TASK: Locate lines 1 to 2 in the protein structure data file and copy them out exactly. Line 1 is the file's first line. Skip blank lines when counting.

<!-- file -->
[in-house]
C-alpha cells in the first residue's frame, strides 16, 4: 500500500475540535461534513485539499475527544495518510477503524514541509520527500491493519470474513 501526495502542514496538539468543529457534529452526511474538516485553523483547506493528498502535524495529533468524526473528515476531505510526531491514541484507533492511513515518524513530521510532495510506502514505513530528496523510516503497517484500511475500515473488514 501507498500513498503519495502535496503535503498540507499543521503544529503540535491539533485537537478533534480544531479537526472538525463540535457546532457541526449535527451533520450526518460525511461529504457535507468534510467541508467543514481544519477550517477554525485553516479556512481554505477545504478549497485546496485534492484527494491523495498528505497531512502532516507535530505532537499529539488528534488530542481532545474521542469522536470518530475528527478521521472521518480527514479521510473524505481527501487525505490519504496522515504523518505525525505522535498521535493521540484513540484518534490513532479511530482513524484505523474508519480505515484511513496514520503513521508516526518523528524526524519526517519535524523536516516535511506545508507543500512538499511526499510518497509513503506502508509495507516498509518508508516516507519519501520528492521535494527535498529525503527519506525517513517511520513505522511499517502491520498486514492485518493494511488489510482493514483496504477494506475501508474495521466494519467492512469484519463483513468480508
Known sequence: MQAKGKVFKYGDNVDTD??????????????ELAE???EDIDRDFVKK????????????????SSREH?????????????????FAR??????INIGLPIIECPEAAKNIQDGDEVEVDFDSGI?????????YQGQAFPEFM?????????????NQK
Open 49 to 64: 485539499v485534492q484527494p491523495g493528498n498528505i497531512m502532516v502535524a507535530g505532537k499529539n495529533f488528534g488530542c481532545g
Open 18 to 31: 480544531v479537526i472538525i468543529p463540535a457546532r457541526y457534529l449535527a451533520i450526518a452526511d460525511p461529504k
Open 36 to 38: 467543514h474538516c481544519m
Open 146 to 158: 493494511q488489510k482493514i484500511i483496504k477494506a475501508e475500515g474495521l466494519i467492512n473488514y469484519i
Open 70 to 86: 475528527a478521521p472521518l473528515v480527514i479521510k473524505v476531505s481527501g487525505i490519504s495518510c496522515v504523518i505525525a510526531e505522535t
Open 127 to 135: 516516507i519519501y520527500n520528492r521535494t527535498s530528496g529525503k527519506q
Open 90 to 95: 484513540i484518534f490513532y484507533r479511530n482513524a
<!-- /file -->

[in-house]
C-alpha cells in the first residue's frame, strides 16, 4: 500500500475540535461534513485539499475527544495518510477503524514541509520527500491493519470474513 501526495502542514496538539468543529457534529452526511474538516485553523483547506493528498502535524495529533468524526473528515476531505510526531491514541484507533492511513515518524513530521510532495510506502514505513530528496523510516503497517484500511475500515473488514 501507498500513498503519495502535496503535503498540507499543521503544529503540535491539533485537537478533534480544531479537526472538525463540535457546532457541526449535527451533520450526518460525511461529504457535507468534510467541508467543514481544519477550517477554525485553516479556512481554505477545504478549497485546496485534492484527494491523495498528505497531512502532516507535530505532537499529539488528534488530542481532545474521542469522536470518530475528527478521521472521518480527514479521510473524505481527501487525505490519504496522515504523518505525525505522535498521535493521540484513540484518534490513532479511530482513524484505523474508519480505515484511513496514520503513521508516526518523528524526524519526517519535524523536516516535511506545508507543500512538499511526499510518497509513503506502508509495507516498509518508508516516507519519501520528492521535494527535498529525503527519506525517513517511520513505522511499517502491520498486514492485518493494511488489510482493514483496504477494506475501508474495521466494519467492512469484519463483513468480508